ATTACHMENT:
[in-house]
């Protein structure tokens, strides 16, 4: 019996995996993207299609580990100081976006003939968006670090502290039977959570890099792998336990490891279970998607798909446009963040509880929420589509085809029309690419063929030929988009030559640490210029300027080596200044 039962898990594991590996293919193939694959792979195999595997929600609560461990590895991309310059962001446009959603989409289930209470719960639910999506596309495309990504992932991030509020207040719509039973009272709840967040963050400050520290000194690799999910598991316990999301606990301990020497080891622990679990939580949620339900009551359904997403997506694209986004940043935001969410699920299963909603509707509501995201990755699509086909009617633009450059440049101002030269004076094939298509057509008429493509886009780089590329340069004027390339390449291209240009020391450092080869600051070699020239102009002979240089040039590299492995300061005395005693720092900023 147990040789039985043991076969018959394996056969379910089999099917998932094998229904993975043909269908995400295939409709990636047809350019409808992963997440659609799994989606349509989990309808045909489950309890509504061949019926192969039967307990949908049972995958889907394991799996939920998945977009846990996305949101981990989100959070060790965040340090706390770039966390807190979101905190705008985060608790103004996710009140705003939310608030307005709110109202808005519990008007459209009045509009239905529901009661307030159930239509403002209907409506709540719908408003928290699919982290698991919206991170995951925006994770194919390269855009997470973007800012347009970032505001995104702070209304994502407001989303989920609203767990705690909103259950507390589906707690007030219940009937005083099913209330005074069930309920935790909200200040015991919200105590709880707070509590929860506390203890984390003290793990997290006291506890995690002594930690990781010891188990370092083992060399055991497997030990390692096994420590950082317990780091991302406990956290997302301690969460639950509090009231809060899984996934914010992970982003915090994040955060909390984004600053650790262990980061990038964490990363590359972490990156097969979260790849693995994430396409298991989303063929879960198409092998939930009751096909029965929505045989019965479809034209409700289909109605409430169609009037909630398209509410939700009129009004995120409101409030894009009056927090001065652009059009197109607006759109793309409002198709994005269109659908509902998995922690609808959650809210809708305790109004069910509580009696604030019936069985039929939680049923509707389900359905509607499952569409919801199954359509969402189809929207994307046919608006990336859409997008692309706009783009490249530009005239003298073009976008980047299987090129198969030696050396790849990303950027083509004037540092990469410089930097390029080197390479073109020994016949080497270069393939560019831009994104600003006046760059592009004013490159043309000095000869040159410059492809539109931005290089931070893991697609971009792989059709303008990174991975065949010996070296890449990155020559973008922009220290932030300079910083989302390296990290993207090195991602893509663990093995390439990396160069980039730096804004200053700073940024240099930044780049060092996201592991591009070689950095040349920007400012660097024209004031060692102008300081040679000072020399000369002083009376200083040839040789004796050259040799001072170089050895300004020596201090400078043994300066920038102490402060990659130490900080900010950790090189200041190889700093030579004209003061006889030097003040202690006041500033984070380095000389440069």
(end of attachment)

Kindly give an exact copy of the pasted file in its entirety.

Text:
[in-house]
């Protein structure tokens, strides 16, 4: 019996995996993207299609580990100081976006003939968006670090502290039977959570890099792998336990490891279970998607798909446009963040509880929420589509085809029309690419063929030929988009030559640490210029300027080596200044 039962898990594991590996293919193939694959792979195999595997929600609560461990590895991309310059962001446009959603989409289930209470719960639910999506596309495309990504992932991030509020207040719509039973009272709840967040963050400050520290000194690799999910598991316990999301606990301990020497080891622990679990939580949620339900009551359904997403997506694209986004940043935001969410699920299963909603509707509501995201990755699509086909009617633009450059440049101002030269004076094939298509057509008429493509886009780089590329340069004027390339390449291209240009020391450092080869600051070699020239102009002979240089040039590299492995300061005395005693720092900023 147990040789039985043991076969018959394996056969379910089999099917998932094998229904993975043909269908995400295939409709990636047809350019409808992963997440659609799994989606349509989990309808045909489950309890509504061949019926192969039967307990949908049972995958889907394991799996939920998945977009846990996305949101981990989100959070060790965040340090706390770039966390807190979101905190705008985060608790103004996710009140705003939310608030307005709110109202808005519990008007459209009045509009239905529901009661307030159930239509403002209907409506709540719908408003928290699919982290698991919206991170995951925006994770194919390269855009997470973007800012347009970032505001995104702070209304994502407001989303989920609203767990705690909103259950507390589906707690007030219940009937005083099913209330005074069930309920935790909200200040015991919200105590709880707070509590929860506390203890984390003290793990997290006291506890995690002594930690990781010891188990370092083992060399055991497997030990390692096994420590950082317990780091991302406990956290997302301690969460639950509090009231809060899984996934914010992970982003915090994040955060909390984004600053650790262990980061990038964490990363590359972490990156097969979260790849693995994430396409298991989303063929879960198409092998939930009751096909029965929505045989019965479809034209409700289909109605409430169609009037909630398209509410939700009129009004995120409101409030894009009056927090001065652009059009197109607006759109793309409002198709994005269109659908509902998995922690609808959650809210809708305790109004069910509580009696604030019936069985039929939680049923509707389900359905509607499952569409919801199954359509969402189809929207994307046919608006990336859409997008692309706009783009490249530009005239003298073009976008980047299987090129198969030696050396790849990303950027083509004037540092990469410089930097390029080197390479073109020994016949080497270069393939560019831009994104600003006046760059592009004013490159043309000095000869040159410059492809539109931005290089931070893991697609971009792989059709303008990174991975065949010996070296890449990155020559973008922009220290932030300079910083989302390296990290993207090195991602893509663990093995390439990396160069980039730096804004200053700073940024240099930044780049060092996201592991591009070689950095040349920007400012660097024209004031060692102008300081040679000072020399000369002083009376200083040839040789004796050259040799001072170089050895300004020596201090400078043994300066920038102490402060990659130490900080900010950790090189200041190889700093030579004209003061006889030097003040202690006041500033984070380095000389440069």